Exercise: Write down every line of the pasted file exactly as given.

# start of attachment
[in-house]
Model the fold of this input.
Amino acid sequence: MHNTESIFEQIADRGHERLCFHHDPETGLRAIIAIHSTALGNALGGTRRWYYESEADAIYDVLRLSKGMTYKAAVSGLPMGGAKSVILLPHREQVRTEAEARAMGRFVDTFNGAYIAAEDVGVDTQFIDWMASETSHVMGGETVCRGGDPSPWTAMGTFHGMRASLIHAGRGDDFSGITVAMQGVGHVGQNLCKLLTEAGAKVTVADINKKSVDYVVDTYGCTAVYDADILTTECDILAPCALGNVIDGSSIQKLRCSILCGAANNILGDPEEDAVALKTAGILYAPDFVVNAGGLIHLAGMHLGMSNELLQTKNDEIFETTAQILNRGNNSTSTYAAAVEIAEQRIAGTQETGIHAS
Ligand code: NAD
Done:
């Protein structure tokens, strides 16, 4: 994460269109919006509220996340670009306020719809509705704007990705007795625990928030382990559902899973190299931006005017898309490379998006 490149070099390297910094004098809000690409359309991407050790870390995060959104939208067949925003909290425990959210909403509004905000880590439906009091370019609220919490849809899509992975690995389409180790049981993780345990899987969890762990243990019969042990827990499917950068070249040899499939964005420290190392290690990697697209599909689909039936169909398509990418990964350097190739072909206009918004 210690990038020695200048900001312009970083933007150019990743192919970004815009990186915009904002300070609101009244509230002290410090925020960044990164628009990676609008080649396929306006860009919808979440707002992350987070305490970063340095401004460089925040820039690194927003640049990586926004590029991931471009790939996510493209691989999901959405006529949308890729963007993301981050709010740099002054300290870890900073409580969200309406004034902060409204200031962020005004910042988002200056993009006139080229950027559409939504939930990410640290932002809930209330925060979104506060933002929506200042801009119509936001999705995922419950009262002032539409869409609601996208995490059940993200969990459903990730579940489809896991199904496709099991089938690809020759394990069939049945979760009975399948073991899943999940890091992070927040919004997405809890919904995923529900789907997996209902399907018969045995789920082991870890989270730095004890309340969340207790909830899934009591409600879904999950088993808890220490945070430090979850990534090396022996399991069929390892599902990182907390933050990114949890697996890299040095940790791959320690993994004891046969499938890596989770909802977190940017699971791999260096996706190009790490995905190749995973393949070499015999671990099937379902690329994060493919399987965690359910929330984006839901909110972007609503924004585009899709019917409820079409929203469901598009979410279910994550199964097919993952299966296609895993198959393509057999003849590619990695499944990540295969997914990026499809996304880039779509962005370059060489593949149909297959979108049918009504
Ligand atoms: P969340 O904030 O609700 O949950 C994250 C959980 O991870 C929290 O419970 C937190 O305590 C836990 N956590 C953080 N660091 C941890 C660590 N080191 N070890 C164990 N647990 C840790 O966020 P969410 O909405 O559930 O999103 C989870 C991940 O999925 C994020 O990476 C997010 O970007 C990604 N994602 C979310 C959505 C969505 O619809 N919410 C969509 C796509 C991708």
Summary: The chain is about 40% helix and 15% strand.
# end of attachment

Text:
[in-house]
Model the fold of this input.
Amino acid sequence: MHNTESIFEQIADRGHERLCFHHDPETGLRAIIAIHSTALGNALGGTRRWYYESEADAIYDVLRLSKGMTYKAAVSGLPMGGAKSVILLPHREQVRTEAEARAMGRFVDTFNGAYIAAEDVGVDTQFIDWMASETSHVMGGETVCRGGDPSPWTAMGTFHGMRASLIHAGRGDDFSGITVAMQGVGHVGQNLCKLLTEAGAKVTVADINKKSVDYVVDTYGCTAVYDADILTTECDILAPCALGNVIDGSSIQKLRCSILCGAANNILGDPEEDAVALKTAGILYAPDFVVNAGGLIHLAGMHLGMSNELLQTKNDEIFETTAQILNRGNNSTSTYAAAVEIAEQRIAGTQETGIHAS
Ligand code: NAD
Done:
């Protein structure tokens, strides 16, 4: 994460269109919006509220996340670009306020719809509705704007990705007795625990928030382990559902899973190299931006005017898309490379998006 490149070099390297910094004098809000690409359309991407050790870390995060959104939208067949925003909290425990959210909403509004905000880590439906009091370019609220919490849809899509992975690995389409180790049981993780345990899987969890762990243990019969042990827990499917950068070249040899499939964005420290190392290690990697697209599909689909039936169909398509990418990964350097190739072909206009918004 210690990038020695200048900001312009970083933007150019990743192919970004815009990186915009904002300070609101009244509230002290410090925020960044990164628009990676609008080649396929306006860009919808979440707002992350987070305490970063340095401004460089925040820039690194927003640049990586926004590029991931471009790939996510493209691989999901959405006529949308890729963007993301981050709010740099002054300290870890900073409580969200309406004034902060409204200031962020005004910042988002200056993009006139080229950027559409939504939930990410640290932002809930209330925060979104506060933002929506200042801009119509936001999705995922419950009262002032539409869409609601996208995490059940993200969990459903990730579940489809896991199904496709099991089938690809020759394990069939049945979760009975399948073991899943999940890091992070927040919004997405809890919904995923529900789907997996209902399907018969045995789920082991870890989270730095004890309340969340207790909830899934009591409600879904999950088993808890220490945070430090979850990534090396022996399991069929390892599902990182907390933050990114949890697996890299040095940790791959320690993994004891046969499938890596989770909802977190940017699971791999260096996706190009790490995905190749995973393949070499015999671990099937379902690329994060493919399987965690359910929330984006839901909110972007609503924004585009899709019917409820079409929203469901598009979410279910994550199964097919993952299966296609895993198959393509057999003849590619990695499944990540295969997914990026499809996304880039779509962005370059060489593949149909297959979108049918009504
Ligand atoms: P969340 O904030 O609700 O949950 C994250 C959980 O991870 C929290 O419970 C937190 O305590 C836990 N956590 C953080 N660091 C941890 C660590 N080191 N070890 C164990 N647990 C840790 O966020 P969410 O909405 O559930 O999103 C989870 C991940 O999925 C994020 O990476 C997010 O970007 C990604 N994602 C979310 C959505 C969505 O619809 N919410 C969509 C796509 C991708």
Summary: The chain is about 40% helix and 15% strand.